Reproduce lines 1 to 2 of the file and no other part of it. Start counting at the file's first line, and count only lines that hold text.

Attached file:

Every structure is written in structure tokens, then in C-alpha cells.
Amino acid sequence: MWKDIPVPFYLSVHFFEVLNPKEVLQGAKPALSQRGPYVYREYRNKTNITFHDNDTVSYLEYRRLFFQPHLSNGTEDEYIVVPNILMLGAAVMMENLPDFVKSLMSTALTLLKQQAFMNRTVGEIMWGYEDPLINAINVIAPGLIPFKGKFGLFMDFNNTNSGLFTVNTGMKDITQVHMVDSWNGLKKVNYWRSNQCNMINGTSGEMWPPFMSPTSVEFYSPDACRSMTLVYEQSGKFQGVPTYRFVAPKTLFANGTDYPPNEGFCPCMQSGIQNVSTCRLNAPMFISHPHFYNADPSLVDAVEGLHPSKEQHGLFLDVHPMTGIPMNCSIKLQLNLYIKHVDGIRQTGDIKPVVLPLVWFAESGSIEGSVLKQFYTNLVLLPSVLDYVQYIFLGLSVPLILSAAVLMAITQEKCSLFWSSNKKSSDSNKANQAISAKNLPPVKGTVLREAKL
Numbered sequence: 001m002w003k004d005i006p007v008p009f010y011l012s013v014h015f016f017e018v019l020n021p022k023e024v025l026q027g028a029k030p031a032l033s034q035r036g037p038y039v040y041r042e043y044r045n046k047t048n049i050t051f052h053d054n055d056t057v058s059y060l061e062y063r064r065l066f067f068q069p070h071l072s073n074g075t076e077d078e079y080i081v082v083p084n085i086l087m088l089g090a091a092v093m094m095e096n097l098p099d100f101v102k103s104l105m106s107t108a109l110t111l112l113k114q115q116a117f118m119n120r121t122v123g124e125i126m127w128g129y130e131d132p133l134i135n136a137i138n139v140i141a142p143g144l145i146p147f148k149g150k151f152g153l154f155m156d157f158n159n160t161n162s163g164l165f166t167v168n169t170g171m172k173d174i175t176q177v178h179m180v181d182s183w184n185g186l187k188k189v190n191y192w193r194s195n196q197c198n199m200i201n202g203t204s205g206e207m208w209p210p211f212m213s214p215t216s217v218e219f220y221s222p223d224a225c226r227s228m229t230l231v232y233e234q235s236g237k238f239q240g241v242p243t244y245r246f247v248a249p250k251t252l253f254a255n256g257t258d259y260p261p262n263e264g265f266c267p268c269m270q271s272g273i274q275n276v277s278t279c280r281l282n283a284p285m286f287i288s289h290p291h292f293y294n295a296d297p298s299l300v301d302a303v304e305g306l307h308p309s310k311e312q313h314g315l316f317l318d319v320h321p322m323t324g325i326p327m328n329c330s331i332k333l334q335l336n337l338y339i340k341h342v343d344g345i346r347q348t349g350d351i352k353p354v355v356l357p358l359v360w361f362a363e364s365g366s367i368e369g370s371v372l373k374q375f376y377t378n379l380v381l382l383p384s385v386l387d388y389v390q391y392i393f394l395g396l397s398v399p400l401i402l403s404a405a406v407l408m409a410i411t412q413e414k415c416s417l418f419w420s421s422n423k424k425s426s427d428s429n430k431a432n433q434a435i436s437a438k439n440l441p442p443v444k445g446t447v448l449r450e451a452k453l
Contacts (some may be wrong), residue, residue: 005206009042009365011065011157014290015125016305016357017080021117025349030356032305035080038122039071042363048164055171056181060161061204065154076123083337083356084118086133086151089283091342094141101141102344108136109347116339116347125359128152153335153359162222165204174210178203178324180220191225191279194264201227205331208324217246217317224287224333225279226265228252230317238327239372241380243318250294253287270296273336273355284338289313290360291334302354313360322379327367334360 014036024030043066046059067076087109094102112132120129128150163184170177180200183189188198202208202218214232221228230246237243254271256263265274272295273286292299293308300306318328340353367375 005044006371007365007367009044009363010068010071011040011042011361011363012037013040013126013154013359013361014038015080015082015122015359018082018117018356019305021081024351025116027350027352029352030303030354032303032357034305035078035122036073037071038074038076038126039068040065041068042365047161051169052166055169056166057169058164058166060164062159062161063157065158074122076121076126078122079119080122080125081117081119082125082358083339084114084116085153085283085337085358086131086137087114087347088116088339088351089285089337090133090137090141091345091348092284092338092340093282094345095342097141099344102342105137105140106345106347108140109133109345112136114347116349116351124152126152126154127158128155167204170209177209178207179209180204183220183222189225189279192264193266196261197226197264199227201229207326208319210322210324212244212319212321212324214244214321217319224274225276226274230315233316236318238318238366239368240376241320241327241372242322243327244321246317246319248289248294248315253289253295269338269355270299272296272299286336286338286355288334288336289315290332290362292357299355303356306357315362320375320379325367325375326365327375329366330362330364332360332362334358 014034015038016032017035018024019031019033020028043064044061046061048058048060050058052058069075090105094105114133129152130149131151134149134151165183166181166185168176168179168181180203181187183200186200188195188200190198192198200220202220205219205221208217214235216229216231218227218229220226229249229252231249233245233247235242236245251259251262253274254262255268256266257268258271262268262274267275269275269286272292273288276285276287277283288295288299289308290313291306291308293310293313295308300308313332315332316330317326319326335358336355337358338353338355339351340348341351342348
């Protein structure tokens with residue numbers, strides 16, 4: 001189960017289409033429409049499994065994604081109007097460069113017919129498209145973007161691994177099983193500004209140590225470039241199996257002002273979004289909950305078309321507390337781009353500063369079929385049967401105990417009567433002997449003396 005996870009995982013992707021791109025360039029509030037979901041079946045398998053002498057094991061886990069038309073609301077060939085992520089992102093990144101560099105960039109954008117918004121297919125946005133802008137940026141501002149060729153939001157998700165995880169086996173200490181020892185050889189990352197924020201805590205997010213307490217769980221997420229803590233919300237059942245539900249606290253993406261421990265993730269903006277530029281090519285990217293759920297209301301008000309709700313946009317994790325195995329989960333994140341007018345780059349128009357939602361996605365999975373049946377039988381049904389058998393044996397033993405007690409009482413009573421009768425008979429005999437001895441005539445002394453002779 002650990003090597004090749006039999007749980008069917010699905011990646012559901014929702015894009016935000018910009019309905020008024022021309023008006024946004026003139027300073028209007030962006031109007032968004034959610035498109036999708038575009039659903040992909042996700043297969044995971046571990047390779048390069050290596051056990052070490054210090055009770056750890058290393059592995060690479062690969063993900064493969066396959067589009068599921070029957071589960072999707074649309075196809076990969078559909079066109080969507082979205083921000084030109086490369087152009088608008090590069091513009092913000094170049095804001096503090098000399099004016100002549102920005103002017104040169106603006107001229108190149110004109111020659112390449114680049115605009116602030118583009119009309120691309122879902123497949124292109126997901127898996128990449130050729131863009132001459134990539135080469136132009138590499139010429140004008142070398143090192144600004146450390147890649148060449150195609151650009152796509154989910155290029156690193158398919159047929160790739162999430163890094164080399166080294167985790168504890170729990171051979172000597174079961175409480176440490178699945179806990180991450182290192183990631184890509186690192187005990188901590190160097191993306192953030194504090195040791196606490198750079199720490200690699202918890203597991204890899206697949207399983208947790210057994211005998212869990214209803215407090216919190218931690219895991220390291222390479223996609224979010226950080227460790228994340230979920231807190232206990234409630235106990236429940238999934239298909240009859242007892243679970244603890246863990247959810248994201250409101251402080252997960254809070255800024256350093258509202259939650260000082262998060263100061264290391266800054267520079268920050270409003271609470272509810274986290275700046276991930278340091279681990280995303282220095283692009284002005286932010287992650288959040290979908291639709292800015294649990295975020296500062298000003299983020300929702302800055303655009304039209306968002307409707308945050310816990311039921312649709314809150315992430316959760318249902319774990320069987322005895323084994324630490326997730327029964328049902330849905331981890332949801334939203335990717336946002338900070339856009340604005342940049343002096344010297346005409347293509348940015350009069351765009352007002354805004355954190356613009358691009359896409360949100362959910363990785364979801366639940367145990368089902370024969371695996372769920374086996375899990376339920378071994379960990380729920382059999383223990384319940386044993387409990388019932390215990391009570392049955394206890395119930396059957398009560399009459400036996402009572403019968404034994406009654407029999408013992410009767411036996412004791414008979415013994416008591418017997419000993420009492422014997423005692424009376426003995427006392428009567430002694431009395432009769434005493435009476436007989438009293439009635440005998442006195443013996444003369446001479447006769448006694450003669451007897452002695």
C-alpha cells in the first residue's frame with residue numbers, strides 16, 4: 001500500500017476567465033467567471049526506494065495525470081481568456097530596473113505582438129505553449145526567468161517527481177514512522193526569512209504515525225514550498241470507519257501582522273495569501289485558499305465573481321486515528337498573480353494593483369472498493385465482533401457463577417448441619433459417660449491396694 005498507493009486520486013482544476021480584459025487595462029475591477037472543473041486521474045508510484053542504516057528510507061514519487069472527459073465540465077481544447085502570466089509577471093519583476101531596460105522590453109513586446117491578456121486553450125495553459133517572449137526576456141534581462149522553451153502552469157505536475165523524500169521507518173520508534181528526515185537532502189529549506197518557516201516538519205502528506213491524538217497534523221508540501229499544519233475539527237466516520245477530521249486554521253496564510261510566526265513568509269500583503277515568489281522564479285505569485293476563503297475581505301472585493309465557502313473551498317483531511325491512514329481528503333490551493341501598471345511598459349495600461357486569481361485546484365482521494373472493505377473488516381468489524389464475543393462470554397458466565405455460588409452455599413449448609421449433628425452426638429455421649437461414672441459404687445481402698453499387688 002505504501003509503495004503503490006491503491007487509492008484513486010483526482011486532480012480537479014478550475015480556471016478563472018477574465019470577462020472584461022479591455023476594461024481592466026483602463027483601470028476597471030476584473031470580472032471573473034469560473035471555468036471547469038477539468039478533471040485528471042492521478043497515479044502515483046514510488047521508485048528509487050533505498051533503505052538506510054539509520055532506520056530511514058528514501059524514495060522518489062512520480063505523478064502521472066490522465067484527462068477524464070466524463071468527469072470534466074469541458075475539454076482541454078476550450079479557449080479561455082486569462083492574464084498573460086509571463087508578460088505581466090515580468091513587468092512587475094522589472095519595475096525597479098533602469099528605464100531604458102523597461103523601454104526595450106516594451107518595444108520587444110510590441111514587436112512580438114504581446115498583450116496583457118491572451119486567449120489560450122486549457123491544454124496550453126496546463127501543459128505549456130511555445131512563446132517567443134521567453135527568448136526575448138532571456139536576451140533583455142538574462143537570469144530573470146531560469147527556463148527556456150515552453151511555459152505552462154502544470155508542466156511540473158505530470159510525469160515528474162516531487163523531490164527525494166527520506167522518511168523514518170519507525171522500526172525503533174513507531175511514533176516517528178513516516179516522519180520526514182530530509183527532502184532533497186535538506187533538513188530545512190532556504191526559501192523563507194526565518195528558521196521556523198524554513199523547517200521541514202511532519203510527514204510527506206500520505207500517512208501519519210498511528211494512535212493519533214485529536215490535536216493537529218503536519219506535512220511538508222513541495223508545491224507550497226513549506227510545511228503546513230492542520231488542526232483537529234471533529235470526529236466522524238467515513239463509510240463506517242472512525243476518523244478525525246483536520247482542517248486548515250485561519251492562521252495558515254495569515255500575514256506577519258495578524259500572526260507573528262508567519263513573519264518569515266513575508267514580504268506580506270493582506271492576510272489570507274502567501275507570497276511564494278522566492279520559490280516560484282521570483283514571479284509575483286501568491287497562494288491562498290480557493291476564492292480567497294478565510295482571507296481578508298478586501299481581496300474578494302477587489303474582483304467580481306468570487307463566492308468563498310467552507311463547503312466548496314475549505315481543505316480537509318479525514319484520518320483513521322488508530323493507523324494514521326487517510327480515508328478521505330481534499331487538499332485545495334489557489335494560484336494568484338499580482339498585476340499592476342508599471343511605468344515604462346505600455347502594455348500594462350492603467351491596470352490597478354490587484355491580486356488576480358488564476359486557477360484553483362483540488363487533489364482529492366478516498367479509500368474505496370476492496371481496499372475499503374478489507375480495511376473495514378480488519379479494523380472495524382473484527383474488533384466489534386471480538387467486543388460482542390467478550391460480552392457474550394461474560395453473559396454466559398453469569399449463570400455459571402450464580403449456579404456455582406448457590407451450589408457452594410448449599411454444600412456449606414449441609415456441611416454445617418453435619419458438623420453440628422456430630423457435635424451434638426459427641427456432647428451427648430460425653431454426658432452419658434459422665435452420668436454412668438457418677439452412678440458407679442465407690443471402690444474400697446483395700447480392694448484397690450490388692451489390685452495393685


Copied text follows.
Every structure is written in structure tokens, then in C-alpha cells.
Amino acid sequence: MWKDIPVPFYLSVHFFEVLNPKEVLQGAKPALSQRGPYVYREYRNKTNITFHDNDTVSYLEYRRLFFQPHLSNGTEDEYIVVPNILMLGAAVMMENLPDFVKSLMSTALTLLKQQAFMNRTVGEIMWGYEDPLINAINVIAPGLIPFKGKFGLFMDFNNTNSGLFTVNTGMKDITQVHMVDSWNGLKKVNYWRSNQCNMINGTSGEMWPPFMSPTSVEFYSPDACRSMTLVYEQSGKFQGVPTYRFVAPKTLFANGTDYPPNEGFCPCMQSGIQNVSTCRLNAPMFISHPHFYNADPSLVDAVEGLHPSKEQHGLFLDVHPMTGIPMNCSIKLQLNLYIKHVDGIRQTGDIKPVVLPLVWFAESGSIEGSVLKQFYTNLVLLPSVLDYVQYIFLGLSVPLILSAAVLMAITQEKCSLFWSSNKKSSDSNKANQAISAKNLPPVKGTVLREAKL